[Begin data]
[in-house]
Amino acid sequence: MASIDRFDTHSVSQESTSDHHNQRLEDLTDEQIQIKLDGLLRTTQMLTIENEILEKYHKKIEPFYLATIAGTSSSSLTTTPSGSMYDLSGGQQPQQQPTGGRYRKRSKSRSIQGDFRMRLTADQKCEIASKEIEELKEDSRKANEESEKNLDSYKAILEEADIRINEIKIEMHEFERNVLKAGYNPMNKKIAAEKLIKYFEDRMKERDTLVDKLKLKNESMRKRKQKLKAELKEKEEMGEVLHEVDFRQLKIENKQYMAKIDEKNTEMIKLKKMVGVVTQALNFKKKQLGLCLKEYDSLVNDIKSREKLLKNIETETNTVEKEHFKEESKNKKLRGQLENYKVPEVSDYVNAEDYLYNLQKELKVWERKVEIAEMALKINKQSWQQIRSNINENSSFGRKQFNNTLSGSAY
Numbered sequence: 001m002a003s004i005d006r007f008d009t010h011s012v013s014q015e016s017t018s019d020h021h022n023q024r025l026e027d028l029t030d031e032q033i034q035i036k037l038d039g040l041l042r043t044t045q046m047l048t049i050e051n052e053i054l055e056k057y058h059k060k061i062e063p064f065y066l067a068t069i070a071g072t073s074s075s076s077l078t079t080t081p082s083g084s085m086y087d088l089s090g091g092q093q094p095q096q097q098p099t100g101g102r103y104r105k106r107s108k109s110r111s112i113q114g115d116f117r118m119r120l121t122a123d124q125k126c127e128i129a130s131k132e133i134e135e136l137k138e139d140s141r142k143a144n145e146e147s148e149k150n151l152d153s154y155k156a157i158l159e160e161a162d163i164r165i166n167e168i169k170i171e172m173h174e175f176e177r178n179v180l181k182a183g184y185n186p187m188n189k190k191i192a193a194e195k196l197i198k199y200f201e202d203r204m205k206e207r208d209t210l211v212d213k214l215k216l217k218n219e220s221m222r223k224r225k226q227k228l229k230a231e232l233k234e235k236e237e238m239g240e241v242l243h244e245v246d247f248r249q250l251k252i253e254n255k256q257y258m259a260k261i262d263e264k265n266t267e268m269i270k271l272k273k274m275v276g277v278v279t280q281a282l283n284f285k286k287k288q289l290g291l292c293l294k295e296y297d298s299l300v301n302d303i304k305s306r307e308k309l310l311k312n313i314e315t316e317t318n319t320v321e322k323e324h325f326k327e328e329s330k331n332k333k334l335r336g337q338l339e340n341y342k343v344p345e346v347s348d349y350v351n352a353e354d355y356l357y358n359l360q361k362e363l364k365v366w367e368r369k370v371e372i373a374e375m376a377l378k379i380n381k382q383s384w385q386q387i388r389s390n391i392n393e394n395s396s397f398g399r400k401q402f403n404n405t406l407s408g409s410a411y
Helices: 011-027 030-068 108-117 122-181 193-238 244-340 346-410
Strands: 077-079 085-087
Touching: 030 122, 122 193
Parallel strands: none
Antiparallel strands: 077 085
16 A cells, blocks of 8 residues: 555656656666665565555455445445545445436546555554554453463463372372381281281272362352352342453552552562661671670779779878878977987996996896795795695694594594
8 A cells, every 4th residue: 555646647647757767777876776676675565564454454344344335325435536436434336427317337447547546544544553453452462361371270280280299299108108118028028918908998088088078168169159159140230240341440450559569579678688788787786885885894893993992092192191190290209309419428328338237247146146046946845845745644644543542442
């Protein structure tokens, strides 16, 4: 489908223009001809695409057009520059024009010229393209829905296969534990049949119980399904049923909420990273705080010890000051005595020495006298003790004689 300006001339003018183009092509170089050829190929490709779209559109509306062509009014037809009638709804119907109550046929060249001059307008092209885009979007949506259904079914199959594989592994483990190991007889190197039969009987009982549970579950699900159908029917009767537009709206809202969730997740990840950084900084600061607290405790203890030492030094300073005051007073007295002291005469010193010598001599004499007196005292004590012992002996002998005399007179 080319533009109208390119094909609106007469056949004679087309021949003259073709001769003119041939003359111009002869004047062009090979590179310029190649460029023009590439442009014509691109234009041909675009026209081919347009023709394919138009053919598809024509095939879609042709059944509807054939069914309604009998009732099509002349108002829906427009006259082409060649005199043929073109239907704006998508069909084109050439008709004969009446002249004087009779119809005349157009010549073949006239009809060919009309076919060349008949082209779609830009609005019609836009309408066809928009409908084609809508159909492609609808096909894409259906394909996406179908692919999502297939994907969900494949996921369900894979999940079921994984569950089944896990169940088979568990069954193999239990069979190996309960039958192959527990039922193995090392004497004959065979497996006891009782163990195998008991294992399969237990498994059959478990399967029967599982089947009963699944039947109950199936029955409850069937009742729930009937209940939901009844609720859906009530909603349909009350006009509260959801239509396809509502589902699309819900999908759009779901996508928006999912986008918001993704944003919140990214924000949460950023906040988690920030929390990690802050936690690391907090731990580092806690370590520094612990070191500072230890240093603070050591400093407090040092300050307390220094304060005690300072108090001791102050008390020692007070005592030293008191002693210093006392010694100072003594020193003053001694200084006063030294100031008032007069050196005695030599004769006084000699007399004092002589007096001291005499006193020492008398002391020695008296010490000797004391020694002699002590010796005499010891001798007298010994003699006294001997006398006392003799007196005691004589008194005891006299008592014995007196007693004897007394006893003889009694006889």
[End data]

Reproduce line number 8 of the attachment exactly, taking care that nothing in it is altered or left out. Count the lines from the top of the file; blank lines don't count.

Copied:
Antiparallel strands: 077 085